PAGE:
"Repair wouldn't be necessary if things never broke, never frayed, never splintered or fell to pieces—or if we didn't care that they did" - Elizabeth Spelman, Repair: The impulse to restore in a fragile world
It is the end of week 6, and I feel like I am still not quite getting anywhere near the crux of my thesis, I am reading different literature to try ease me into a topic.
I came to a simple and personal realisation today; that my final thesis and its pre-ocuppations are very much attuned to my current state of being. Perhaps I realised this sub-consciously, but it only became clear that when I am looking at mending and alterations in garments, I am thinking about caring and repairing. While it is unnecessary to go in depth with this, I have been on an emotional journey towards facing experiences from my past that I wish to recover and mend. I now realise why I am drawn to this topic, and now I have to contextualise this theme within the larger frame of my Masters and relate it to curating fashion. While there is a fashion history and theoretical understanding needed, I have to think about my intentions as a fashion curator and what I am trying to achieve by focusing on mending and altering in fashion. Who am I as a curator and what drives me, what kind of exhibitions do I want to curate and why? These are big questions, and I am overwhelmed and proceed timidly, a crooked stitch at a time. Although I spent the first 2 semesters thinking about this, I have still not come to a conclusion that satisfies me.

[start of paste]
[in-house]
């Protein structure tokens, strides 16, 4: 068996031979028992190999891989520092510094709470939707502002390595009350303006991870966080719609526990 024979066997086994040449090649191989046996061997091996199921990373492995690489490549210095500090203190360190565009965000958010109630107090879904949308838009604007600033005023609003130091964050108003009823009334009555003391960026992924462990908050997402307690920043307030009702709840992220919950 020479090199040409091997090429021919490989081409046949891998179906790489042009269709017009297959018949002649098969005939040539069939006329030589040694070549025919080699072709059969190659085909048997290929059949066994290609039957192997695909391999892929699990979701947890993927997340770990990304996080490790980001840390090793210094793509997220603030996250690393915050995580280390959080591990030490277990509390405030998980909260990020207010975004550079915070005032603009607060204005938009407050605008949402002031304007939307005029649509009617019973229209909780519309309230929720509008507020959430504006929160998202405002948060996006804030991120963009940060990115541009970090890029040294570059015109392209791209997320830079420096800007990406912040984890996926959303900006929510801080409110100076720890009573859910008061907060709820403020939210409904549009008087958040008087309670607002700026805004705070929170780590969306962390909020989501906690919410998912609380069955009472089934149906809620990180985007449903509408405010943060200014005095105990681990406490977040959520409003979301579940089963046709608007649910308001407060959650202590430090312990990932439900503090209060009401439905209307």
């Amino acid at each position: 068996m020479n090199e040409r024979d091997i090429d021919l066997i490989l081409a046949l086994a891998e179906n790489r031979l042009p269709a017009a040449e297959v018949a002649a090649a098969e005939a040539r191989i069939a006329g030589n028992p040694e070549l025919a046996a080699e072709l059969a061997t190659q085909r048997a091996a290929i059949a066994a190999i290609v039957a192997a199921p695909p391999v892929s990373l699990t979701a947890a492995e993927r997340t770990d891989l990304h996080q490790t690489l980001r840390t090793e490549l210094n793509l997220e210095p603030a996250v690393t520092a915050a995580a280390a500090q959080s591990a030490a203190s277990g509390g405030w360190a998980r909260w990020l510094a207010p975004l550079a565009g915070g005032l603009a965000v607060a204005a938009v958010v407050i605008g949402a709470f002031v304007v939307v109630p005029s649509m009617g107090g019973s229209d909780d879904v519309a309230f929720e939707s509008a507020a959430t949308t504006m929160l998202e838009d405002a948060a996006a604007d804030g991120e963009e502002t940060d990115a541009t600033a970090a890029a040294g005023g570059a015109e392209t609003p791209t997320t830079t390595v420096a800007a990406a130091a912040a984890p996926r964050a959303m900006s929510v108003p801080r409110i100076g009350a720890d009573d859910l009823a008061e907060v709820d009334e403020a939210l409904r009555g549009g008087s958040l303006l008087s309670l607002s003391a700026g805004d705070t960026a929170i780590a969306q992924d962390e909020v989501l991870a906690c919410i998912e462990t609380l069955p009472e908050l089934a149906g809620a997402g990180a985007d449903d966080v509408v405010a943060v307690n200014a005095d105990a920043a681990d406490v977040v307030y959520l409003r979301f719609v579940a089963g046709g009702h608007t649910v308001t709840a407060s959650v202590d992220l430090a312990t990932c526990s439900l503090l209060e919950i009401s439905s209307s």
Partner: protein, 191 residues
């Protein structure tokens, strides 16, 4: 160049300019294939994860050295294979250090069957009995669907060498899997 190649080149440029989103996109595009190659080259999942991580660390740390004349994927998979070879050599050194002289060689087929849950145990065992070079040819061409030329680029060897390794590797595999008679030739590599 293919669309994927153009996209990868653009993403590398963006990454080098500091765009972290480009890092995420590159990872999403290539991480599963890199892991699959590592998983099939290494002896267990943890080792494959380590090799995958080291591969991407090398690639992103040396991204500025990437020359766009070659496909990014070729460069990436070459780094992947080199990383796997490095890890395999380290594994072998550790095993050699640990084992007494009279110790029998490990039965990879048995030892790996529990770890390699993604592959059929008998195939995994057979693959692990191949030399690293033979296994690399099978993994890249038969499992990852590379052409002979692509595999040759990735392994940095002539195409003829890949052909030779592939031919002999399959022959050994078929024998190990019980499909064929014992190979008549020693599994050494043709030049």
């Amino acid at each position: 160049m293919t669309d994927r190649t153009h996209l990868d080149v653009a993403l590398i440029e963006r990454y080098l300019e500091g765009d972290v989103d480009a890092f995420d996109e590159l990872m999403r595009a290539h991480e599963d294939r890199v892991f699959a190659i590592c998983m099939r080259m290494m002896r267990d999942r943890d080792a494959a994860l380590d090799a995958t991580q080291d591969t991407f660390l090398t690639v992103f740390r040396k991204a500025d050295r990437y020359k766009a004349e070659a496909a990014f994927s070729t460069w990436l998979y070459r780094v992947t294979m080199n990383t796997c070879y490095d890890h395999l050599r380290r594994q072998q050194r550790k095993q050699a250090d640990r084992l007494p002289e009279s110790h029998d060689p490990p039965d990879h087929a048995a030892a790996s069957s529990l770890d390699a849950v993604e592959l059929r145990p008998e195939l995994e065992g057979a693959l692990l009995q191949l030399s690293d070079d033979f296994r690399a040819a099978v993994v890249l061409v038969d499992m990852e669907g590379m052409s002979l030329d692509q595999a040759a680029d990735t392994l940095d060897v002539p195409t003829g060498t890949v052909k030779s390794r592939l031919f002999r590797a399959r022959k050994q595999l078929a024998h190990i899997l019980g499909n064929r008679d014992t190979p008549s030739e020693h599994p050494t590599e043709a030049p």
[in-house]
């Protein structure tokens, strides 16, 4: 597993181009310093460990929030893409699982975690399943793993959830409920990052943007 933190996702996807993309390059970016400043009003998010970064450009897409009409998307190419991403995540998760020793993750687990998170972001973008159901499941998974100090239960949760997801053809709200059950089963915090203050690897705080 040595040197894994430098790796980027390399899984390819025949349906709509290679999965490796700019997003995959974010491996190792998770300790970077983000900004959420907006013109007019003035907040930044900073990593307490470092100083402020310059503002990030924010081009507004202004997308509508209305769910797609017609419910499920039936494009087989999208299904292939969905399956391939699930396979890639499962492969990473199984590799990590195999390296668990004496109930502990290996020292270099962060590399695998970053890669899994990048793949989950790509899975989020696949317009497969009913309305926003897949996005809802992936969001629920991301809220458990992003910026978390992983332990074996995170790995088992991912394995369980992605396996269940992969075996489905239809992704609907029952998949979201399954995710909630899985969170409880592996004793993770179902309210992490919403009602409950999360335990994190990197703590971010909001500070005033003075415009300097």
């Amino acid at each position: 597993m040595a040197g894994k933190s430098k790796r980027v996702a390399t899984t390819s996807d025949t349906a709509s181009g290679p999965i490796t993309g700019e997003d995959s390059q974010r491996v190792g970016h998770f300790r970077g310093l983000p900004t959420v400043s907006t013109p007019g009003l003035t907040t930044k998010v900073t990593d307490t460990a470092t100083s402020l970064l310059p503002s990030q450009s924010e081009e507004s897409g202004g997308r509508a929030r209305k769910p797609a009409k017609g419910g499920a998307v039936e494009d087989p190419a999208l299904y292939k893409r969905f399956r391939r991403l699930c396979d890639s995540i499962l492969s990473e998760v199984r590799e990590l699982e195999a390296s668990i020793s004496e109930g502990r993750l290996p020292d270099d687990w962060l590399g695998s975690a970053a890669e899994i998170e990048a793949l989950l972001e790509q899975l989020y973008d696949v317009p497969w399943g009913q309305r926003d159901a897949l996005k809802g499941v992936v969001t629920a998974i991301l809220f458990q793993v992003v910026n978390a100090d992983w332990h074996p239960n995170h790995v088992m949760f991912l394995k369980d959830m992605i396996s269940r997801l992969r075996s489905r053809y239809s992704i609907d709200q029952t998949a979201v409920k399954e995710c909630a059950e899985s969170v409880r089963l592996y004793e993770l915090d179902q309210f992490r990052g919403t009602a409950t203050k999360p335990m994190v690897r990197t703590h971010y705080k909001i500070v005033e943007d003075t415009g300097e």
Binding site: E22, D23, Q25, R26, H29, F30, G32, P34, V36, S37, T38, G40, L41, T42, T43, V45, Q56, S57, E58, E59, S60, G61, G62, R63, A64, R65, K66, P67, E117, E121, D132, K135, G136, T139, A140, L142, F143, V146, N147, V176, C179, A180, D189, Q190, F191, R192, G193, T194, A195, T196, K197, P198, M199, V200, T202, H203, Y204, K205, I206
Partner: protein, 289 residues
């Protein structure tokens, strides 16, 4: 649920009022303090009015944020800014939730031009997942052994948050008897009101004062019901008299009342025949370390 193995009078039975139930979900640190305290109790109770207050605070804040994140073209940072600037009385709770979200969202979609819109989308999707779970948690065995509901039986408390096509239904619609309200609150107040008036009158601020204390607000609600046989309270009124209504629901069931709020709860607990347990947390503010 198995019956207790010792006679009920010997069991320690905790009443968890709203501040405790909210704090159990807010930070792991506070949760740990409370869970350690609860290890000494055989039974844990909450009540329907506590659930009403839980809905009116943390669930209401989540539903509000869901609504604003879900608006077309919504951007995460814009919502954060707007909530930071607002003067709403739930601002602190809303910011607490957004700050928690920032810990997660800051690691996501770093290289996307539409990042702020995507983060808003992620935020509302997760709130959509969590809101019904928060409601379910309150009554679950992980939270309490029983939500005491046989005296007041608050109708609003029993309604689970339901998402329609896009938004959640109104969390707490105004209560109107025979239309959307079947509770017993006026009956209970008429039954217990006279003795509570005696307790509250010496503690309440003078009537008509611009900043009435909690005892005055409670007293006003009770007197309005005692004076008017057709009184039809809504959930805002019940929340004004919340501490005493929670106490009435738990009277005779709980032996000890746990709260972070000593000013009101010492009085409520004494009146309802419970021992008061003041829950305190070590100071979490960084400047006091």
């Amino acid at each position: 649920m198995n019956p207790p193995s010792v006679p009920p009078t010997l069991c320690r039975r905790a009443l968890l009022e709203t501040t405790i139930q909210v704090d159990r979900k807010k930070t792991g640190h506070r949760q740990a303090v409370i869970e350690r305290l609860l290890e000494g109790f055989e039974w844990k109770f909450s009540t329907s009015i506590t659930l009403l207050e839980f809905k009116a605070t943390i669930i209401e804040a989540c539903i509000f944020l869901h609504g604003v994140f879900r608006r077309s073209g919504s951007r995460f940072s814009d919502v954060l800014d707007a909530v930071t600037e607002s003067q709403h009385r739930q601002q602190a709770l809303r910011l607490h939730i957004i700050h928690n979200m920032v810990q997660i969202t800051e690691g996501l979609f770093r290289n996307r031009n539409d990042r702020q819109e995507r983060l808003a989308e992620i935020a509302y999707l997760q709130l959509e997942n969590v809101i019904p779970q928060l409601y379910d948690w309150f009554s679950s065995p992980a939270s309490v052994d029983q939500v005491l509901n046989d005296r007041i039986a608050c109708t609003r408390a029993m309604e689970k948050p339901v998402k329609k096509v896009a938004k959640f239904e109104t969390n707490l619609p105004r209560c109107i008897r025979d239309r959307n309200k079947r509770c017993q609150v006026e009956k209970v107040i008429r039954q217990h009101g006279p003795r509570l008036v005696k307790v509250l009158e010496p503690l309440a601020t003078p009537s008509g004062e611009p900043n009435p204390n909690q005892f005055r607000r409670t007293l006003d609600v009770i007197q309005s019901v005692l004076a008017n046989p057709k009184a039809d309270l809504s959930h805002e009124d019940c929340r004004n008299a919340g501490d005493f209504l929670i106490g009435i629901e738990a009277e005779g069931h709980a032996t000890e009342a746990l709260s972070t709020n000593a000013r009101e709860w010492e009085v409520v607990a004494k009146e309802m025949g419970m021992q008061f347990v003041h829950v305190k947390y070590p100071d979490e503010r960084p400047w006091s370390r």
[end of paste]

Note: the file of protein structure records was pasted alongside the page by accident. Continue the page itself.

Literature List for the week:
1. Bond, S. DeSilvey, C. & Ryan, J.R. (2013) Visible Mending: Everyday repairs in the South West, Cornwall: Uniformbooks
2. Vestoj: On Slowness
3. Adam Phillips: On Kissing, Tickling and Being Bored
4. Kate Fletcher, Matilda Tham: The Routledge Handbook on Sustainability
Time, slowness, mending, repairing
The different books have been feeding different parts of my research. Vestoj's issue on Slowness gave me an academic and poetic look at the theme of slowness, which I think is one of the main ideas on slow fashion and the very act of repair and mending deals with slowing down, both the damage as well as our attention when it is directed at the object of repair. I began to have words and phrases that could help me in thinking about the design elements of my exhibition and possible objects: unfinished, incomplete, unfinished garments (I recalled an incomplete mutton sleeve I had seen at the V&A which was shown by itself on a mannequin), altered garments, mended garments, is it leading to slowing down as we meet death? How to get the audience to complete garments when they enter the exhibition? Does this happen naturally when we show incomplete objects? Do we automatically try to fill in the blanks?
Adam Phillips explores being bored through psychoanalytic theory; this relates to slowness as we associate being bored with time stretching beyond it's usual length.
I am not doing very well in managing my time with work and research. I went for a mentoring session today, and one of the key takeaways was about managing conflict. So in the spirit of conflict-management, I shall list the 'conflicts' that I am facing right now in the path to my thesis.
1. I don't know what type of exhibition I am making
- reflect on the type of exhibitions that moved me, or that interested me
2. I do not know what exactly I am looking at
-read more and continue to journal daily
3. I do not know what I want my audience to take away
-list down possible audience reactions to exhibitions
(today someone told me they felt special when they saw the McQueen exhibition)
4. I do not have time to think about my work because I am working for $
- be strict with a time-table
So I will check back on these issues next week and see if anything has been resolved.